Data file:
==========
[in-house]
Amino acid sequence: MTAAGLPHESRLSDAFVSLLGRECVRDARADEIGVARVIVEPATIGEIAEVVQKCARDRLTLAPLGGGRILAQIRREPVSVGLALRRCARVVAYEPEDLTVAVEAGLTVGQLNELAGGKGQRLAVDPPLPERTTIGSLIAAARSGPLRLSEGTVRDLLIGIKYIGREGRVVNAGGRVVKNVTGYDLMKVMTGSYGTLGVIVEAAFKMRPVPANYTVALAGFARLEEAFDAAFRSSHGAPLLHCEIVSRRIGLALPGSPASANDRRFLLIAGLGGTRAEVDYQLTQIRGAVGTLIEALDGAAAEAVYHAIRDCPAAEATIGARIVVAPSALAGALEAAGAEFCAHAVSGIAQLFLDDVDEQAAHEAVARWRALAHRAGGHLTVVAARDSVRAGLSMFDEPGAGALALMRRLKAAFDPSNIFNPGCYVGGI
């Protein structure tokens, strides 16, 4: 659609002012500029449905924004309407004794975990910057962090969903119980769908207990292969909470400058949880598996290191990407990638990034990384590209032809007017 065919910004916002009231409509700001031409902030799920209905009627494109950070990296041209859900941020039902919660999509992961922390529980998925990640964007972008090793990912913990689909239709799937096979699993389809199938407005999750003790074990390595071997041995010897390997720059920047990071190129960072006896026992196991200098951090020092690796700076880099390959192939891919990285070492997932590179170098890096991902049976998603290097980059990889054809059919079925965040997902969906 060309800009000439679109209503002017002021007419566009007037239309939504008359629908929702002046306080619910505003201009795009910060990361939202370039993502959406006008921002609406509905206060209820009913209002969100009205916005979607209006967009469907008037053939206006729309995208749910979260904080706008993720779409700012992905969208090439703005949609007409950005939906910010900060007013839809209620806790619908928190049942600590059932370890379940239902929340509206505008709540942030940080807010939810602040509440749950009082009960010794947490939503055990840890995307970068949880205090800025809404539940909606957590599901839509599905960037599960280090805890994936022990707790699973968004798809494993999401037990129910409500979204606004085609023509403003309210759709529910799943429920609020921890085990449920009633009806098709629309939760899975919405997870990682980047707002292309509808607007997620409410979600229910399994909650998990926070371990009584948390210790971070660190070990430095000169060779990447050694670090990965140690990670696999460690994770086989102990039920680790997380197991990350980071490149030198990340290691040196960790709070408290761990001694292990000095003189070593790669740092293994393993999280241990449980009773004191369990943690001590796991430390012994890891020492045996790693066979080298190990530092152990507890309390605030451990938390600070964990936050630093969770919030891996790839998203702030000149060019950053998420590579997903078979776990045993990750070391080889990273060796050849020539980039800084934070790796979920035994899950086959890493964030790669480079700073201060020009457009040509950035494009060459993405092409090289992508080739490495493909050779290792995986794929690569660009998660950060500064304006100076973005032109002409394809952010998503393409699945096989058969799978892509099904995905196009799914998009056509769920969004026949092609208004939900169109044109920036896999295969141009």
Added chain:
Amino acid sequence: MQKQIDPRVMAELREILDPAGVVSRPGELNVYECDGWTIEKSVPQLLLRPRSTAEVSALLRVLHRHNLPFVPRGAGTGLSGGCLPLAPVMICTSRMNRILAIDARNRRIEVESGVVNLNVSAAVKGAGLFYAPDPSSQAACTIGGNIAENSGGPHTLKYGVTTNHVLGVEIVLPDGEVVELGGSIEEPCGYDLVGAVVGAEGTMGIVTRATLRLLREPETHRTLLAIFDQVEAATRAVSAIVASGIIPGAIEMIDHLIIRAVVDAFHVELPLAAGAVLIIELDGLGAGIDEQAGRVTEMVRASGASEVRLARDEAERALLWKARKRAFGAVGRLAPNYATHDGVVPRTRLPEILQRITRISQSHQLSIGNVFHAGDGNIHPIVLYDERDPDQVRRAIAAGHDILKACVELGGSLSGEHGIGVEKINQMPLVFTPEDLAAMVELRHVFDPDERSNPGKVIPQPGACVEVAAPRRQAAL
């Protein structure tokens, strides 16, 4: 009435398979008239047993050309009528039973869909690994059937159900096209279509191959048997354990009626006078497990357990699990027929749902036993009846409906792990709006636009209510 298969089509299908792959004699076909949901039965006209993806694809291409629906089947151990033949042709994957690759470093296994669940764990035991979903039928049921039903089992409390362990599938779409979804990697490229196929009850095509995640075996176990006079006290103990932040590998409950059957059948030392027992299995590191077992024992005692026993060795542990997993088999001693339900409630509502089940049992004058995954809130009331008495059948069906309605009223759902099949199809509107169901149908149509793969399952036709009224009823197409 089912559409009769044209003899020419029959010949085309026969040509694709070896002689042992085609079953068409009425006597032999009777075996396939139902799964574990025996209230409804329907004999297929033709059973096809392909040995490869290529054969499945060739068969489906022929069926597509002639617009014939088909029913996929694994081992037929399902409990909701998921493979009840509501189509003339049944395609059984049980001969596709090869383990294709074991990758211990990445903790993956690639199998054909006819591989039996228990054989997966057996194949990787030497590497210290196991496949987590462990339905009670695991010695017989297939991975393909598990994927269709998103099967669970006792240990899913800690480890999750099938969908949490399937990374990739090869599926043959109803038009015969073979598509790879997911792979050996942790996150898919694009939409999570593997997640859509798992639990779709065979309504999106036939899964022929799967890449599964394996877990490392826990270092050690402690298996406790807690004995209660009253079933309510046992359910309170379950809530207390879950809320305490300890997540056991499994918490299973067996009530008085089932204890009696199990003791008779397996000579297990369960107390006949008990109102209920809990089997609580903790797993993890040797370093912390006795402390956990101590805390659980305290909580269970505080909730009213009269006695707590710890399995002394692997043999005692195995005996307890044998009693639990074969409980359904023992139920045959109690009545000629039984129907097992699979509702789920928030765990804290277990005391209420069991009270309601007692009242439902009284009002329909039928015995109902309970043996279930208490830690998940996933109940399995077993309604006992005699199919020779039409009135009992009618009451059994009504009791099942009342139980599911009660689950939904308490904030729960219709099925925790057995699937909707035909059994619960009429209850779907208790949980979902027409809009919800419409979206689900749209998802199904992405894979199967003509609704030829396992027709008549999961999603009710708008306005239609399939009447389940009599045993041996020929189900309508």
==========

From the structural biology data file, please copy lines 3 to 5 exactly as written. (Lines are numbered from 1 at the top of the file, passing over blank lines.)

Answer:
């Protein structure tokens, strides 16, 4: 659609002012500029449905924004309407004794975990910057962090969903119980769908207990292969909470400058949880598996290191990407990638990034990384590209032809007017 065919910004916002009231409509700001031409902030799920209905009627494109950070990296041209859900941020039902919660999509992961922390529980998925990640964007972008090793990912913990689909239709799937096979699993389809199938407005999750003790074990390595071997041995010897390997720059920047990071190129960072006896026992196991200098951090020092690796700076880099390959192939891919990285070492997932590179170098890096991902049976998603290097980059990889054809059919079925965040997902969906 060309800009000439679109209503002017002021007419566009007037239309939504008359629908929702002046306080619910505003201009795009910060990361939202370039993502959406006008921002609406509905206060209820009913209002969100009205916005979607209006967009469907008037053939206006729309995208749910979260904080706008993720779409700012992905969208090439703005949609007409950005939906910010900060007013839809209620806790619908928190049942600590059932370890379940239902929340509206505008709540942030940080807010939810602040509440749950009082009960010794947490939503055990840890995307970068949880205090800025809404539940909606957590599901839509599905960037599960280090805890994936022990707790699973968004798809494993999401037990129910409500979204606004085609023509403003309210759709529910799943429920609020921890085990449920009633009806098709629309939760899975919405997870990682980047707002292309509808607007997620409410979600229910399994909650998990926070371990009584948390210790971070660190070990430095000169060779990447050694670090990965140690990670696999460690994770086989102990039920680790997380197991990350980071490149030198990340290691040196960790709070408290761990001694292990000095003189070593790669740092293994393993999280241990449980009773004191369990943690001590796991430390012994890891020492045996790693066979080298190990530092152990507890309390605030451990938390600070964990936050630093969770919030891996790839998203702030000149060019950053998420590579997903078979776990045993990750070391080889990273060796050849020539980039800084934070790796979920035994899950086959890493964030790669480079700073201060020009457009040509950035494009060459993405092409090289992508080739490495493909050779290792995986794929690569660009998660950060500064304006100076973005032109002409394809952010998503393409699945096989058969799978892509099904995905196009799914998009056509769920969004026949092609208004939900169109044109920036896999295969141009």
Added chain:
Amino acid sequence: MQKQIDPRVMAELREILDPAGVVSRPGELNVYECDGWTIEKSVPQLLLRPRSTAEVSALLRVLHRHNLPFVPRGAGTGLSGGCLPLAPVMICTSRMNRILAIDARNRRIEVESGVVNLNVSAAVKGAGLFYAPDPSSQAACTIGGNIAENSGGPHTLKYGVTTNHVLGVEIVLPDGEVVELGGSIEEPCGYDLVGAVVGAEGTMGIVTRATLRLLREPETHRTLLAIFDQVEAATRAVSAIVASGIIPGAIEMIDHLIIRAVVDAFHVELPLAAGAVLIIELDGLGAGIDEQAGRVTEMVRASGASEVRLARDEAERALLWKARKRAFGAVGRLAPNYATHDGVVPRTRLPEILQRITRISQSHQLSIGNVFHAGDGNIHPIVLYDERDPDQVRRAIAAGHDILKACVELGGSLSGEHGIGVEKINQMPLVFTPEDLAAMVELRHVFDPDERSNPGKVIPQPGACVEVAAPRRQAAL